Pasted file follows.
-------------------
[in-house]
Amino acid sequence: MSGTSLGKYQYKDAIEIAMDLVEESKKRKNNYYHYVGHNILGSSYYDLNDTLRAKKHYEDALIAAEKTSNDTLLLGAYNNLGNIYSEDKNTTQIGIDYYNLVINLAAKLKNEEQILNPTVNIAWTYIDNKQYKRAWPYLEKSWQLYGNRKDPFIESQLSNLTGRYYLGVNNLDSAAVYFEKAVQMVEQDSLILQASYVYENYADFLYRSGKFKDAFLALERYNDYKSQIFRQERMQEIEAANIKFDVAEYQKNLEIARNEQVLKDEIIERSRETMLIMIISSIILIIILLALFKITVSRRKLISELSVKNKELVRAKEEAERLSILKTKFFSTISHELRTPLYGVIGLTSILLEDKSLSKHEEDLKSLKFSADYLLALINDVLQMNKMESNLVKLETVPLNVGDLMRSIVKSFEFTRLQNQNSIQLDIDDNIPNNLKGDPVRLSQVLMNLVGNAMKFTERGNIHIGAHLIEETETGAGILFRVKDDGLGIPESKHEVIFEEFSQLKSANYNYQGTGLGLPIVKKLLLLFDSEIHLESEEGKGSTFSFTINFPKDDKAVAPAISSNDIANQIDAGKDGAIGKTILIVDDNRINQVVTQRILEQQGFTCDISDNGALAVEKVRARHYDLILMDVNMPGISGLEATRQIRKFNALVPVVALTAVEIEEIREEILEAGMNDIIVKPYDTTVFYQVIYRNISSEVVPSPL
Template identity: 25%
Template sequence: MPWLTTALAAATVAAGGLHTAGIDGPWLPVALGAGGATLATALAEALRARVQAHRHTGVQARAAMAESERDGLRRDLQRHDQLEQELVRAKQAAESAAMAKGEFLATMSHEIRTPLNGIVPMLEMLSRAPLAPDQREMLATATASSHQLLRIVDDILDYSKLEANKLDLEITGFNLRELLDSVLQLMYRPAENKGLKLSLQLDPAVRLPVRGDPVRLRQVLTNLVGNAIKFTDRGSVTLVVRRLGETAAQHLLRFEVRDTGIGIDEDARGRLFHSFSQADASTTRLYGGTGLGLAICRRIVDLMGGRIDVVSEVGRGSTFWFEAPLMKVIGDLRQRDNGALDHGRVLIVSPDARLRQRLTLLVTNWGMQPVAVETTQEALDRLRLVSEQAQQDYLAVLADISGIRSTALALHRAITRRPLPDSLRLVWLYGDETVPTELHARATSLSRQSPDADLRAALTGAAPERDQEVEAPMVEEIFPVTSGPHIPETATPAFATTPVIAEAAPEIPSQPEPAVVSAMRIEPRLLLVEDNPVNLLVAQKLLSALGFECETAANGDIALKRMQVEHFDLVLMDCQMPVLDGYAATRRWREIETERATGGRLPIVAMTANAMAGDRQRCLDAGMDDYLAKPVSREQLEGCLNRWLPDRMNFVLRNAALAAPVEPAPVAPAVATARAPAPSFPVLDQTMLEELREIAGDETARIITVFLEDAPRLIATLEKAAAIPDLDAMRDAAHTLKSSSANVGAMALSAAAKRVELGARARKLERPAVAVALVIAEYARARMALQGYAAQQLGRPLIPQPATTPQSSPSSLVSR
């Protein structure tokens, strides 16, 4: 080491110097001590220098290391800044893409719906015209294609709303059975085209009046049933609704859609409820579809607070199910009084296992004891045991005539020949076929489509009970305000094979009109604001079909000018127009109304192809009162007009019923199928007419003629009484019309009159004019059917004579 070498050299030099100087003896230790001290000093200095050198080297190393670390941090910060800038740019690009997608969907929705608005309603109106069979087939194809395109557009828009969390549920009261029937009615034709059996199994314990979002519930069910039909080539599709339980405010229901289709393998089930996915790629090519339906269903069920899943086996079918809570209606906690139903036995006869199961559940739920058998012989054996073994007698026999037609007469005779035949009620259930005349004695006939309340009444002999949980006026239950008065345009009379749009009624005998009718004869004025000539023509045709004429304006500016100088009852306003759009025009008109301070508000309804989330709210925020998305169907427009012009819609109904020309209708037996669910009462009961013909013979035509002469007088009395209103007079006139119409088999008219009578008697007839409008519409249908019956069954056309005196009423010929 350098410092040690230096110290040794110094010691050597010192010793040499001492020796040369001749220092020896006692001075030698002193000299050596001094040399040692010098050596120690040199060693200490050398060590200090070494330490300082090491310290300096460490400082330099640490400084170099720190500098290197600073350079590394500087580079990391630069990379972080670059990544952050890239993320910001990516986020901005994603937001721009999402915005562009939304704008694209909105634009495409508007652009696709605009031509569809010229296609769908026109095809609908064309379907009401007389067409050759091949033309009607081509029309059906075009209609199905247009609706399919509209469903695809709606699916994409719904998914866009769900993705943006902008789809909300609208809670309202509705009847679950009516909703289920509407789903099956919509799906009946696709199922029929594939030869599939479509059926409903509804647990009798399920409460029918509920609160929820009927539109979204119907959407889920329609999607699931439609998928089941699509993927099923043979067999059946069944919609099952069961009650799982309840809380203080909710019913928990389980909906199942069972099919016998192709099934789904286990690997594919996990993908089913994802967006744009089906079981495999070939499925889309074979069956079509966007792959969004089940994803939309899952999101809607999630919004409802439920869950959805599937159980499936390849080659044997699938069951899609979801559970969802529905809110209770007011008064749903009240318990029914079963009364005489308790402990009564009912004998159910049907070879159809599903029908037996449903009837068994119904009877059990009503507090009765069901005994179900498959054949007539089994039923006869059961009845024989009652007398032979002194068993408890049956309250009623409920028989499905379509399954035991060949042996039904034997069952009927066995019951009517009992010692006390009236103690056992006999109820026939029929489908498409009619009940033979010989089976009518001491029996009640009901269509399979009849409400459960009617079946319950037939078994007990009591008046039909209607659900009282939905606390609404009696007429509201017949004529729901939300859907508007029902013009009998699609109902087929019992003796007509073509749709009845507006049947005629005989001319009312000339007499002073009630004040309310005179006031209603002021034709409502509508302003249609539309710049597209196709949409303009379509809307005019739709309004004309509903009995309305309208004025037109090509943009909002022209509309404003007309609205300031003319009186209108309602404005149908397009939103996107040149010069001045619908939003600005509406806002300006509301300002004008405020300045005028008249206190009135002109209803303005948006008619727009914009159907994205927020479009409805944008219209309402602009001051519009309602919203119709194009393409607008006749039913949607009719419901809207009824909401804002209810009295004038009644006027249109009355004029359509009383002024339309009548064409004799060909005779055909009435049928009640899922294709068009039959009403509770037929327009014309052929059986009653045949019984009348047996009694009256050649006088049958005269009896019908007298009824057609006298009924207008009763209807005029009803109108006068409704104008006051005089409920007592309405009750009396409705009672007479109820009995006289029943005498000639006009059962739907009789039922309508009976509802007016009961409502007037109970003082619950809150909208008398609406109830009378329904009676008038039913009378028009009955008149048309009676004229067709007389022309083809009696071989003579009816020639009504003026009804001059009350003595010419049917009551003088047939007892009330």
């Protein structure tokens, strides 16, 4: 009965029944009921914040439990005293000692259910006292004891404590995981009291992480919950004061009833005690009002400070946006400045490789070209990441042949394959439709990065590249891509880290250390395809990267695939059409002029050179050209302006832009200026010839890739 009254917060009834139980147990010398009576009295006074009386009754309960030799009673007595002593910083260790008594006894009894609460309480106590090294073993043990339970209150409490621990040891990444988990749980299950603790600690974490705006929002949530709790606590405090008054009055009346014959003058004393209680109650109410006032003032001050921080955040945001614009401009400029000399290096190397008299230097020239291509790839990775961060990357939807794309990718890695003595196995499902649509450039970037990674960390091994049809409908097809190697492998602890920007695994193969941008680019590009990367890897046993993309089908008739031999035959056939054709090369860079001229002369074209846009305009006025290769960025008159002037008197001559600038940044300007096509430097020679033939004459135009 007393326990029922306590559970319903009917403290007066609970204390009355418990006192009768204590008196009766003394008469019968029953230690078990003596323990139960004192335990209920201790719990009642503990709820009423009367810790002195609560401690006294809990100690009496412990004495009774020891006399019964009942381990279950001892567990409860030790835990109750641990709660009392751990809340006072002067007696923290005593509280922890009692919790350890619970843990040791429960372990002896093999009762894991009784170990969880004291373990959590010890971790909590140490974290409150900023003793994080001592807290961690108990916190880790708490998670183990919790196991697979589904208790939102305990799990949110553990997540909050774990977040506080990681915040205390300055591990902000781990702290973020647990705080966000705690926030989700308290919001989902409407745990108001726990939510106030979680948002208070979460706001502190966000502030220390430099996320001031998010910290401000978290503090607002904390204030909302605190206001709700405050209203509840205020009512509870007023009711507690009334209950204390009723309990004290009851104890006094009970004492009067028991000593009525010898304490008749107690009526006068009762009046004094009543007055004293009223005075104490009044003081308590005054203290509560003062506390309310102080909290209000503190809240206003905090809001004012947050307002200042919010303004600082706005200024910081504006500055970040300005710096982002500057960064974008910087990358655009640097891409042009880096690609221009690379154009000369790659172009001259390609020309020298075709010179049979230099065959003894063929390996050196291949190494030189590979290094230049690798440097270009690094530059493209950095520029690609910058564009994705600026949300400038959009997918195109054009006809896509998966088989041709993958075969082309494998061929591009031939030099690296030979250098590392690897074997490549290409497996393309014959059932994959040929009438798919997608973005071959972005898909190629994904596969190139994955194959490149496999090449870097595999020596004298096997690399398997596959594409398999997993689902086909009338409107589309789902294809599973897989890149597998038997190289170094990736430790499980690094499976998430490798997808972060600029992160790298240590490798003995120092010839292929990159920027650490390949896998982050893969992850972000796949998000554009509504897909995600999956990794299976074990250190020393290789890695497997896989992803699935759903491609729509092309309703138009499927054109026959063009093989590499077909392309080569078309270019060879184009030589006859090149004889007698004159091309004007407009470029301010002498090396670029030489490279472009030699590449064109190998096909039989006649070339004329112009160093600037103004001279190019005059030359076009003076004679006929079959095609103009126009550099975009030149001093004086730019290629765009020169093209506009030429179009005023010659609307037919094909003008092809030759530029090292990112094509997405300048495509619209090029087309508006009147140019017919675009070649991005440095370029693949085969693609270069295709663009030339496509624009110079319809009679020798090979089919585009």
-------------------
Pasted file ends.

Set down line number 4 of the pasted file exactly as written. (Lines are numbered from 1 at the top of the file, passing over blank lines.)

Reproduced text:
Template sequence: MPWLTTALAAATVAAGGLHTAGIDGPWLPVALGAGGATLATALAEALRARVQAHRHTGVQARAAMAESERDGLRRDLQRHDQLEQELVRAKQAAESAAMAKGEFLATMSHEIRTPLNGIVPMLEMLSRAPLAPDQREMLATATASSHQLLRIVDDILDYSKLEANKLDLEITGFNLRELLDSVLQLMYRPAENKGLKLSLQLDPAVRLPVRGDPVRLRQVLTNLVGNAIKFTDRGSVTLVVRRLGETAAQHLLRFEVRDTGIGIDEDARGRLFHSFSQADASTTRLYGGTGLGLAICRRIVDLMGGRIDVVSEVGRGSTFWFEAPLMKVIGDLRQRDNGALDHGRVLIVSPDARLRQRLTLLVTNWGMQPVAVETTQEALDRLRLVSEQAQQDYLAVLADISGIRSTALALHRAITRRPLPDSLRLVWLYGDETVPTELHARATSLSRQSPDADLRAALTGAAPERDQEVEAPMVEEIFPVTSGPHIPETATPAFATTPVIAEAAPEIPSQPEPAVVSAMRIEPRLLLVEDNPVNLLVAQKLLSALGFECETAANGDIALKRMQVEHFDLVLMDCQMPVLDGYAATRRWREIETERATGGRLPIVAMTANAMAGDRQRCLDAGMDDYLAKPVSREQLEGCLNRWLPDRMNFVLRNAALAAPVEPAPVAPAVATARAPAPSFPVLDQTMLEELREIAGDETARIITVFLEDAPRLIATLEKAAAIPDLDAMRDAAHTLKSSSANVGAMALSAAAKRVELGARARKLERPAVAVALVIAEYARARMALQGYAAQQLGRPLIPQPATTPQSSPSSLVSR